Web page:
In the late 1920s, the Great Depression was rendering most Americans professionally and financially paralyzed. But in a small California kitchen, Merle Nethercutt Norman was putting a plan in motion to formulate her own skincare products and share them with family and friends. She truly believed in her formulas, knowing that by getting them on as many faces as possible, she would develop a following of customers. She was right?within a few years she and her nephew were opening their first studio in Santa Monica, and they eventually unveiled a series of independently operated stores that enabled women to take ownership during a time of gender-based limitations such as men-only restrooms.
Today, in approximately 2,000 stores across three countries, the three basic principles of Merle's original vision still apply. Each studio is independently owned and fosters an in-depth knowledge of the company's own line of makeup and skincare products. Just as Merle shared her creations with close friends and sallow mannequins more than 80 years ago, today's aestheticians embody the business's "try before you buy" philosophy. A menu of complimentary studio services?from foundation checks to express facials?allows patrons to sample the lauded brand before committing to the purchase of products or full spa treatments.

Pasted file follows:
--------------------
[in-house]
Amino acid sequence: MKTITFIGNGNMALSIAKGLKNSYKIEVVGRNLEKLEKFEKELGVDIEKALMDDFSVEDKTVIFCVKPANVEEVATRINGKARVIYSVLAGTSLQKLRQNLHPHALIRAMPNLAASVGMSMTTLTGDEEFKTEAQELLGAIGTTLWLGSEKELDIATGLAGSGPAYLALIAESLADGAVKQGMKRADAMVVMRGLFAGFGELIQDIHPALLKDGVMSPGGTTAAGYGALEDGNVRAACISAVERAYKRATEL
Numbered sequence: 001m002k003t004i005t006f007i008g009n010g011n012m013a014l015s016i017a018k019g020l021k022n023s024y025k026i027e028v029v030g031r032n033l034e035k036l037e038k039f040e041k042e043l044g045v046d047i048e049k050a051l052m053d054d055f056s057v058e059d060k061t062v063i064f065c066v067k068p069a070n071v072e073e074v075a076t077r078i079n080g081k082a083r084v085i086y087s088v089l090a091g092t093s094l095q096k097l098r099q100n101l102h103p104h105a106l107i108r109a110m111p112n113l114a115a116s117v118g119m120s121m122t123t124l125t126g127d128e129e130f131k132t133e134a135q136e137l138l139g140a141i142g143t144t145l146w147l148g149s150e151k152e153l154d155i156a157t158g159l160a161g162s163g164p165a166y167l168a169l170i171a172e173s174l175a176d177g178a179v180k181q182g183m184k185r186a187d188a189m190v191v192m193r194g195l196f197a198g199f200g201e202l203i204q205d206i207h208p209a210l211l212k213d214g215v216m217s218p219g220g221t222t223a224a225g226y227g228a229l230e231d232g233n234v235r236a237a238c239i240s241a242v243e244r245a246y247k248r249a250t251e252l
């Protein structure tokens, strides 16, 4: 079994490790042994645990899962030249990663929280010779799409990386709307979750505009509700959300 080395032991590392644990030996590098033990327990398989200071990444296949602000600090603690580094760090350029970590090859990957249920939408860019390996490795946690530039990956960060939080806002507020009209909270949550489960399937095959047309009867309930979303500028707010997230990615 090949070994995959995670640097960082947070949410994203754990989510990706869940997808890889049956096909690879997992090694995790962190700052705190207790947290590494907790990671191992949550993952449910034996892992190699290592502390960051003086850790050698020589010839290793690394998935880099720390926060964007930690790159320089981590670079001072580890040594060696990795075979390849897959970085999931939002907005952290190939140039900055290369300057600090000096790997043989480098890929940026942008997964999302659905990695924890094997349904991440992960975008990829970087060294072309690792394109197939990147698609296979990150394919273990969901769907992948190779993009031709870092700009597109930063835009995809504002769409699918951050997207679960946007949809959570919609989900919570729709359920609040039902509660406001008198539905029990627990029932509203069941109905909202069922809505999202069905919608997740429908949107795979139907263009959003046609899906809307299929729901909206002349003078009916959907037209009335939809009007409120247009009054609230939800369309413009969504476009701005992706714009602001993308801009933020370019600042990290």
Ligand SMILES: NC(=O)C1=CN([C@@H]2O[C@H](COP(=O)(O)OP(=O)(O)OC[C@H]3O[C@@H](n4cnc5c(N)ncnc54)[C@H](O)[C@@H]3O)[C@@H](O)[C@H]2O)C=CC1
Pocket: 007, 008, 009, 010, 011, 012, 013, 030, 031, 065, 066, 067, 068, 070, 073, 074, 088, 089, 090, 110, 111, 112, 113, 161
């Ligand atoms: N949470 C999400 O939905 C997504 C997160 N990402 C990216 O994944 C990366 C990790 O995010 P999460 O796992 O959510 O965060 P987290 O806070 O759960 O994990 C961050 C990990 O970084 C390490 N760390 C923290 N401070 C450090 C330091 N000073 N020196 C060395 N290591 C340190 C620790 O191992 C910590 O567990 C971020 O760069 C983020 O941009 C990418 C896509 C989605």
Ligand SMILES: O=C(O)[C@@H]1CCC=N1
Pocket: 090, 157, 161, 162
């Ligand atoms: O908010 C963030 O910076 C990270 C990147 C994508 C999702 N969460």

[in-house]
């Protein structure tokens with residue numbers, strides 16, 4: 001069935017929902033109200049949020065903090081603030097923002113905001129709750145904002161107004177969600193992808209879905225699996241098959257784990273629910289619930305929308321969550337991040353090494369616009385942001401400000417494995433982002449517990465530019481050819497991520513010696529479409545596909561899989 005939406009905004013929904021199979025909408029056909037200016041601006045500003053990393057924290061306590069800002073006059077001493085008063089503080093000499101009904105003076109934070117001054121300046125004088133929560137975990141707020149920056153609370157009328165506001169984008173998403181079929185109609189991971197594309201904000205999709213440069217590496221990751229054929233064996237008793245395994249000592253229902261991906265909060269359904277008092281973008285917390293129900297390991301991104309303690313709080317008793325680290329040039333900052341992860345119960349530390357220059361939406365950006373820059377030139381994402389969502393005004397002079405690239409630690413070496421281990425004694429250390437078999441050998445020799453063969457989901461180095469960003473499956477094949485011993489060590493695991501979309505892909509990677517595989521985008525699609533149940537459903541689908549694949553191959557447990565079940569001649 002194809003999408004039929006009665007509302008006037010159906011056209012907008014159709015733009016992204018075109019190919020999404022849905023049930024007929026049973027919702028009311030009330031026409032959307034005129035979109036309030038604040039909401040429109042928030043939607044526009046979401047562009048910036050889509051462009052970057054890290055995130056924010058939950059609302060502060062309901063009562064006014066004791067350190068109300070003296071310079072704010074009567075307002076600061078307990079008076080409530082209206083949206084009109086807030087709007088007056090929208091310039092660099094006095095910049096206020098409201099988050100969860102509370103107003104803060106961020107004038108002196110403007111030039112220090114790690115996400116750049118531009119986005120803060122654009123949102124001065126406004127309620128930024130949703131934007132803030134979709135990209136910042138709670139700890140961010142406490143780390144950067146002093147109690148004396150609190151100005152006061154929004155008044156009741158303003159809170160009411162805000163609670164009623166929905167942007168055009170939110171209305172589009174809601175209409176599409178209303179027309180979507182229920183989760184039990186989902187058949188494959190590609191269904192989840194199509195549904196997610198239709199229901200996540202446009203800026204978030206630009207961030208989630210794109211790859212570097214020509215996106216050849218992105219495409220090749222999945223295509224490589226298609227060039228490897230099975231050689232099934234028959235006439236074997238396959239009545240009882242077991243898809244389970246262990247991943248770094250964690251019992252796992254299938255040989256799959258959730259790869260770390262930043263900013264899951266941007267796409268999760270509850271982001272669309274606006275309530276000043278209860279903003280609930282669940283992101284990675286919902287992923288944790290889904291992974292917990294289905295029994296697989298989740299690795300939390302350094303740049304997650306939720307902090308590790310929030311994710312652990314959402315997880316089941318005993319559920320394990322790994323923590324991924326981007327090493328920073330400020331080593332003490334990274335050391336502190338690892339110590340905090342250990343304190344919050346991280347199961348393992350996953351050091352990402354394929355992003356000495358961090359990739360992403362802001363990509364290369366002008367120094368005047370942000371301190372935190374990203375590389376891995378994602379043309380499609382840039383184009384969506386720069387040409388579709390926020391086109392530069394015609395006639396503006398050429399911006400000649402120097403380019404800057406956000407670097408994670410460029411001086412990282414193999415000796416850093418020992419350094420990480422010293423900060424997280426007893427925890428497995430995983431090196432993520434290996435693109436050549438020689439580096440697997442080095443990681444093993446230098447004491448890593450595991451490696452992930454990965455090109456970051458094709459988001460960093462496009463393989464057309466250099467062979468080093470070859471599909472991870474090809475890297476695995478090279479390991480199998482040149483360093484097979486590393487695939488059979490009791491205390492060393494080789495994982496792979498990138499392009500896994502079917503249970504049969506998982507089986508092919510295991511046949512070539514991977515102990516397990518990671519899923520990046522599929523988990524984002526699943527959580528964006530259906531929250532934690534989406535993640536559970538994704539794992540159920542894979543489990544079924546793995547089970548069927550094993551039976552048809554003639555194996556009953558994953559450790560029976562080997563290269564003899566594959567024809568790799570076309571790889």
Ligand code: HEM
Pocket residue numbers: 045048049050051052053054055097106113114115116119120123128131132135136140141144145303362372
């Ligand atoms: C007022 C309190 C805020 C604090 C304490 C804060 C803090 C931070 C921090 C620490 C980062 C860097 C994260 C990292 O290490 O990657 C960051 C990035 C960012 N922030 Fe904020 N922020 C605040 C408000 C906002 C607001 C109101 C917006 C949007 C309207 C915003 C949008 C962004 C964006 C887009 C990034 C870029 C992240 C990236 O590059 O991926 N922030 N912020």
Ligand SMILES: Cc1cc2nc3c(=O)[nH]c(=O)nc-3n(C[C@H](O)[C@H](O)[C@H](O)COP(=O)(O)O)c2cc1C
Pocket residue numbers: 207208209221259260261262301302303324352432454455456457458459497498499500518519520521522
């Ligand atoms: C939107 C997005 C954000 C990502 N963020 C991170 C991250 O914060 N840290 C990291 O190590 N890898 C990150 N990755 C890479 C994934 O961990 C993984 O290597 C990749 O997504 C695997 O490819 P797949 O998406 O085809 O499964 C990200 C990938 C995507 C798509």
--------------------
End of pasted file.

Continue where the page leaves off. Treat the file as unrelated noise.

After traveling to cities outside of Charlotte, earth enthusiasts Fiona and Marley began envying the other towns' stockpiles of eco-friendly stores. Back home, they could always buy green products on the web, but since they had no opportunity to sample or even look at them before delivery, they were frequently disappointed with their purchases. They decided to take matters into their own hands in January 2011 by establishing ecolicious—a one-stop market for vegan and eco-friendly wares.
Each item at ecolicious bears a product tab with a review by staff members, who personally test the goods they shelve. Jewelry crafted by local artisans hangs near vintage clothing, raw snacks, and cleaning supplies made from humanely harvested soap bubbles. Within the store's bright blue walls, Community Supported Agriculture members can also pick up their seasonal shipments of local produce.
To call The Body Shop a mere skin and body care store is to miss half of what makes it special. Late founder Dame Anita Roddick was a pioneer for ethical business practices; upon opening her first store in Brighton, England, in 1976, she developed company values such as "Defend Human Rights" and "Protect The Planet." She somehow balanced principles and profit, partnering in global campaigns with UNICEF, Greenpeace, Amnesty International, and the United Nations, all while ultimately expanding her brand into 2,500 locations in over 60 international markets. After her death in 2007, then-British Prime Minister Gordon Brown said, “She campaigned for green issues for many years before it became fashionable to do so and inspired millions to the cause by bringing sustainable products to a mass market. . . . She was an inspiration.”